Socio-legal research on the legal experiences of the poor reflects an understanding of the close connection between economic inequality and law. The first two parts of this volume illustrate general analytical approaches to law and poverty. The remaining parts include essays which examine more specific issues such as race and gender, access to law, legal consciousness and social change. Research on the relationships between poverty, inequality and governance still leaves many questions unanswered but the work presented here reflects the important contribution that sociolegal research makes to the ongoing debate.
Table of Contents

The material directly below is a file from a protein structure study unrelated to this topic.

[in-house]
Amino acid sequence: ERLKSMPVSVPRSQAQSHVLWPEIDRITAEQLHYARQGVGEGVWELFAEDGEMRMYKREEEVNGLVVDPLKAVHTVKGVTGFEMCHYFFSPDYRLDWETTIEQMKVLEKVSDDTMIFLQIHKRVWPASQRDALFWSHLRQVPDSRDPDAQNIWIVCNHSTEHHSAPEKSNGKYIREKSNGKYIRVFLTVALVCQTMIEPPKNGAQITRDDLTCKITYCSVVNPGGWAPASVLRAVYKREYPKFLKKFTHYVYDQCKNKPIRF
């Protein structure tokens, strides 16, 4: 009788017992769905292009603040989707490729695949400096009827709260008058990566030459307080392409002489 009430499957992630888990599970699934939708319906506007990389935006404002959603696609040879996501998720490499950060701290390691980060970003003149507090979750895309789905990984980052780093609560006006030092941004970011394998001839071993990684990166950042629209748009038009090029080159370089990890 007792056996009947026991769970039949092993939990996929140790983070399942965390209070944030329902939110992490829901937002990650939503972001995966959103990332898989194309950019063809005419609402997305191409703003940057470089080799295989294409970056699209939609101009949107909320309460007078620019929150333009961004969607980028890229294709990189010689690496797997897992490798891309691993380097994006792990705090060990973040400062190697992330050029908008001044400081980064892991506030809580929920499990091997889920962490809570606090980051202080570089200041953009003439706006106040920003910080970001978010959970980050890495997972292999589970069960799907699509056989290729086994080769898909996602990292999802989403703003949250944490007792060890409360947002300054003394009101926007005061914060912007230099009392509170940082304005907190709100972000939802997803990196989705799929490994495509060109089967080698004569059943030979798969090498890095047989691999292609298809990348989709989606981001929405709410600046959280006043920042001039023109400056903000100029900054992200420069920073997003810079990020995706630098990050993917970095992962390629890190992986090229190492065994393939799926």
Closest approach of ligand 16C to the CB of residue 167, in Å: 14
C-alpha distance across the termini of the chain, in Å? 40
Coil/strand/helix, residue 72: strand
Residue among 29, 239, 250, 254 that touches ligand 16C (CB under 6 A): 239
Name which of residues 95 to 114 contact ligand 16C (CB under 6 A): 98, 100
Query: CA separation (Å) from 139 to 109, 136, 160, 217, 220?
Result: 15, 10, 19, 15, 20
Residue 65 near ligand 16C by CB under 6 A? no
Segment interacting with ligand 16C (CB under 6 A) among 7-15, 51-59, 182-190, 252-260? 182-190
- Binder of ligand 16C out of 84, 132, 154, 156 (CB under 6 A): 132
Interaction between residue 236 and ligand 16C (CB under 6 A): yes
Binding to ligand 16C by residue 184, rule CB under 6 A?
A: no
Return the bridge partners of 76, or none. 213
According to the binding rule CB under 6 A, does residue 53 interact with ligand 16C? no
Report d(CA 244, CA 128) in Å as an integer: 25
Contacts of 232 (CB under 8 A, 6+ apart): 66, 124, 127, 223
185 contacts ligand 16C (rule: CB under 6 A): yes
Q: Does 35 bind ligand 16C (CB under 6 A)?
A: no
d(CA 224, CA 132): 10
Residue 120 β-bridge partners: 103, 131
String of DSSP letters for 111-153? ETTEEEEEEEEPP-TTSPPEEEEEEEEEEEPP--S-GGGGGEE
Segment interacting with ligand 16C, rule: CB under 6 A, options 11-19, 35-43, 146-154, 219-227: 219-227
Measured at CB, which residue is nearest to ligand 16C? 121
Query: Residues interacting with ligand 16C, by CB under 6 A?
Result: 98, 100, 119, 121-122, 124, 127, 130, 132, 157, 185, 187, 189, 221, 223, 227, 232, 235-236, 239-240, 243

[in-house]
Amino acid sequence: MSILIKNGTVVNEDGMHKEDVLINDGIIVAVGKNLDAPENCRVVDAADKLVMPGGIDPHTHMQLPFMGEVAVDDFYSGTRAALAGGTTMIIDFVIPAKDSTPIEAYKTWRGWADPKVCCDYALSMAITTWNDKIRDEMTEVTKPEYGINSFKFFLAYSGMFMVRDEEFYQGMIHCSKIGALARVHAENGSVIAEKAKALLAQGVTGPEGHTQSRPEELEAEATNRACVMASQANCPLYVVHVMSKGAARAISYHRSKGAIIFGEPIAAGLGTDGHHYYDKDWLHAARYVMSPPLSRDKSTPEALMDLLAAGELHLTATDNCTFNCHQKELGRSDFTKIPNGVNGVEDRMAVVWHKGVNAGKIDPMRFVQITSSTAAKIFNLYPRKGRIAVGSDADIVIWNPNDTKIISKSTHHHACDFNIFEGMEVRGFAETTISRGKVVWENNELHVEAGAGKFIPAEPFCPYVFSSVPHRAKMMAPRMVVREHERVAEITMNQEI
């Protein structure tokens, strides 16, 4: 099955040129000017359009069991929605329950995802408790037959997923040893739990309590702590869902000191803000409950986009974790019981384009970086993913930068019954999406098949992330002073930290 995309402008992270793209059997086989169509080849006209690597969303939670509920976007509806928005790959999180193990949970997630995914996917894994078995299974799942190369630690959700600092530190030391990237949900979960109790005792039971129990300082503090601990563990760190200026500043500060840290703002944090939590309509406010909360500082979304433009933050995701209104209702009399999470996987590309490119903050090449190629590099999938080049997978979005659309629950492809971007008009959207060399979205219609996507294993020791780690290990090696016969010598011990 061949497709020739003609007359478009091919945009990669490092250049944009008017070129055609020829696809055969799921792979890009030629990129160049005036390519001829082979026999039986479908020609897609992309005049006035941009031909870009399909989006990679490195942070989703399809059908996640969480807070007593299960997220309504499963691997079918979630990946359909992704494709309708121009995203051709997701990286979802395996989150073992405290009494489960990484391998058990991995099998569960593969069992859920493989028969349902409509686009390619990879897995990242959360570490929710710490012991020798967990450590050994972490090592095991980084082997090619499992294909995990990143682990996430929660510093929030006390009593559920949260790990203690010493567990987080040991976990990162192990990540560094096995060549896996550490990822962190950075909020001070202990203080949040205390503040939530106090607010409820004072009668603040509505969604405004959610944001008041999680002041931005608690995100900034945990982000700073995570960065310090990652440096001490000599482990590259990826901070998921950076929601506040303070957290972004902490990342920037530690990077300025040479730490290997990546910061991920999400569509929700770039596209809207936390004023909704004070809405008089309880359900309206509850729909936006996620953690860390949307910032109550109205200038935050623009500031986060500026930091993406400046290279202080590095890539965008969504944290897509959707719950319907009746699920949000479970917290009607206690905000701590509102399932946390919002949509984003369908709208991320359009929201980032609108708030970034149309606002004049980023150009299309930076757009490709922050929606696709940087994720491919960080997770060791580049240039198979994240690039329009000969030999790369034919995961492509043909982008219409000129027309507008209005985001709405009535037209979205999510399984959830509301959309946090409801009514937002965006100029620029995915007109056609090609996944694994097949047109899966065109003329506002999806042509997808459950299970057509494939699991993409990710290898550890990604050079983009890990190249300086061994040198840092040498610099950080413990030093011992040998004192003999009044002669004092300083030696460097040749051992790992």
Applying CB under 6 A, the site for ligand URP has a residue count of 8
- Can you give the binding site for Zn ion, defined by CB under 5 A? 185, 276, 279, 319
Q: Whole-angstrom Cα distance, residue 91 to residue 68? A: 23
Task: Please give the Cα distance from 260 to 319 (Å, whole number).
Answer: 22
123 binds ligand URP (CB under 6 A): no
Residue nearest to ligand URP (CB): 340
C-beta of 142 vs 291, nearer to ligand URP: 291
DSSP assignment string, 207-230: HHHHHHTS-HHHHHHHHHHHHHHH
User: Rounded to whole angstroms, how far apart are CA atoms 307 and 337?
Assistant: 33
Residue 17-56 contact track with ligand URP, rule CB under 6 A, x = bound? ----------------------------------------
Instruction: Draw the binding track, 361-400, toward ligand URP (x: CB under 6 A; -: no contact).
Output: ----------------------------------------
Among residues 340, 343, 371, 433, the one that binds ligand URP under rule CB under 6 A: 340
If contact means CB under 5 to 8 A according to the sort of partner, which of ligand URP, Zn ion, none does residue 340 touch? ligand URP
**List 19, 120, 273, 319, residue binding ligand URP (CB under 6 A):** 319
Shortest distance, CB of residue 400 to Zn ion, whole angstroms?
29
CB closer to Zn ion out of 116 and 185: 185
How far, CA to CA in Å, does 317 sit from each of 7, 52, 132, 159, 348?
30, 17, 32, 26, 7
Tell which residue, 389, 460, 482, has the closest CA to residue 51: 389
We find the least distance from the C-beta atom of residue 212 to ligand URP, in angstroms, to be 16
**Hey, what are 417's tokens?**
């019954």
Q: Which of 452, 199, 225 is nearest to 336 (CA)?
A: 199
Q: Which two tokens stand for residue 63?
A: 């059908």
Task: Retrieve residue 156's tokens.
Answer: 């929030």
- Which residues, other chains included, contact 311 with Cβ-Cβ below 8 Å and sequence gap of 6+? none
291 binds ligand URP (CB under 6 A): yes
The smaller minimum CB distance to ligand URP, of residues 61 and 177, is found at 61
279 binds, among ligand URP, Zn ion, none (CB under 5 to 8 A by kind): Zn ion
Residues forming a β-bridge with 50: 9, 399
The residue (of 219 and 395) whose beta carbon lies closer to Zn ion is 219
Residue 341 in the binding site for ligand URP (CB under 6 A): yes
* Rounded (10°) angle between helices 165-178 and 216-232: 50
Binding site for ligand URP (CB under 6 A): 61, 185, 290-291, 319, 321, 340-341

Contents: Series preface: Introduction. Part I Class, Poverty, and Law: A sociological analysis of the law of vagrancy, William Chambliss; Civil justice and the poor: issues for sociological research, Jerome E. Carlin, Jan Howard and Sheldon Messinger; Governing through crime, Jonathan Simon. Part II Legal Foundations for the Welfare State: A genealogy of dependency: tracing a keyword of the US welfare state, Nancy Fraser and Linda Gordon; Constructing the political spectacle: the interpretation of entitlements, legalization and obligations in social welfare history, Joel F. Handler; Subsidized lives and the ideology of efficiency, Martha M. McCluskey. Part III Poverty, Gender, and Race: Subordination, rhetorical survival skills, and Sunday shoes: notes on the hearing of Mrs G., Lucie E. White; 'An honest living': street vendors, municipal regulation and the black public sphere, Regina Austin; Spiritual and menial housework, Dorothy Roberts. Part IV Access to Law: The practice of law as a confidence game: organizational cooptation of a professional, Abraham S. Blumberg; Socializing the legal profession: can redistributing lawyers' services achieve social justice, Richard I. Abel. Part V Identity and Legal Consciousness: Community resource orientation among low income groups, Felice J. Levine and Elizabeth Preston; Conformity, contestation and resistance: an account of legal consciousness, Patricia Ewick and Susan S. Silbey. Part VI Law, Poverty and Social Change: Low income people and the political process, Frances Fox Piven and Richard A. Cloward; Community economic development as progressive politics: towards a grassroots movement for economic justice, Scott L. Cummings; Beyond welfare reform: can we build a local welfare state?, Frank Munger; Name index.